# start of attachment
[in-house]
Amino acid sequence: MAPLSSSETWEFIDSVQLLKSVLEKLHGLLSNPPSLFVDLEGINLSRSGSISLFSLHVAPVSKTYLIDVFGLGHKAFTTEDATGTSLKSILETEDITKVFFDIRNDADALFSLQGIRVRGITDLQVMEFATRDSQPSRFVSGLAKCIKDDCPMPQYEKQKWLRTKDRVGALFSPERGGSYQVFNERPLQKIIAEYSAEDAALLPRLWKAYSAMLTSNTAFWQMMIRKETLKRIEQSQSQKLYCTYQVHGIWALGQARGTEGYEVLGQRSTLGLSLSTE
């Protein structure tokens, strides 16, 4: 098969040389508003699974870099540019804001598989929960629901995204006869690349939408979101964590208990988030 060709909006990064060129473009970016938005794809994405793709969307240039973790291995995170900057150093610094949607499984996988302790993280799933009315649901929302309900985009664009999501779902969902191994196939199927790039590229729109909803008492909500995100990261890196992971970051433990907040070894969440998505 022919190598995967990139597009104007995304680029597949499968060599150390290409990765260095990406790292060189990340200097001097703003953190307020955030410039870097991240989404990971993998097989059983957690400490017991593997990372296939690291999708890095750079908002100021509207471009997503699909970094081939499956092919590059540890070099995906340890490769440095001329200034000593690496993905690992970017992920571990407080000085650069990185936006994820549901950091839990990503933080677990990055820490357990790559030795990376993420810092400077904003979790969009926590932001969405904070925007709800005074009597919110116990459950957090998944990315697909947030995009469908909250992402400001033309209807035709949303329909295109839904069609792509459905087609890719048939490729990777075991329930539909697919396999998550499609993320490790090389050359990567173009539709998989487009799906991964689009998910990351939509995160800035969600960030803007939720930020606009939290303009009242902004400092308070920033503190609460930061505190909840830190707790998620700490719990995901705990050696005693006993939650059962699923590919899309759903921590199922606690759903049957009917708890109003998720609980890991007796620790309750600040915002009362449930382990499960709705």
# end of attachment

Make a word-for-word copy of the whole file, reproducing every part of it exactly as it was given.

[in-house]
Amino acid sequence: MAPLSSSETWEFIDSVQLLKSVLEKLHGLLSNPPSLFVDLEGINLSRSGSISLFSLHVAPVSKTYLIDVFGLGHKAFTTEDATGTSLKSILETEDITKVFFDIRNDADALFSLQGIRVRGITDLQVMEFATRDSQPSRFVSGLAKCIKDDCPMPQYEKQKWLRTKDRVGALFSPERGGSYQVFNERPLQKIIAEYSAEDAALLPRLWKAYSAMLTSNTAFWQMMIRKETLKRIEQSQSQKLYCTYQVHGIWALGQARGTEGYEVLGQRSTLGLSLSTE
């Protein structure tokens, strides 16, 4: 098969040389508003699974870099540019804001598989929960629901995204006869690349939408979101964590208990988030 060709909006990064060129473009970016938005794809994405793709969307240039973790291995995170900057150093610094949607499984996988302790993280799933009315649901929302309900985009664009999501779902969902191994196939199927790039590229729109909803008492909500995100990261890196992971970051433990907040070894969440998505 022919190598995967990139597009104007995304680029597949499968060599150390290409990765260095990406790292060189990340200097001097703003953190307020955030410039870097991240989404990971993998097989059983957690400490017991593997990372296939690291999708890095750079908002100021509207471009997503699909970094081939499956092919590059540890070099995906340890490769440095001329200034000593690496993905690992970017992920571990407080000085650069990185936006994820549901950091839990990503933080677990990055820490357990790559030795990376993420810092400077904003979790969009926590932001969405904070925007709800005074009597919110116990459950957090998944990315697909947030995009469908909250992402400001033309209807035709949303329909295109839904069609792509459905087609890719048939490729990777075991329930539909697919396999998550499609993320490790090389050359990567173009539709998989487009799906991964689009998910990351939509995160800035969600960030803007939720930020606009939290303009009242902004400092308070920033503190609460930061505190909840830190707790998620700490719990995901705990050696005693006993939650059962699923590919899309759903921590199922606690759903049957009917708890109003998720609980890991007796620790309750600040915002009362449930382990499960709705």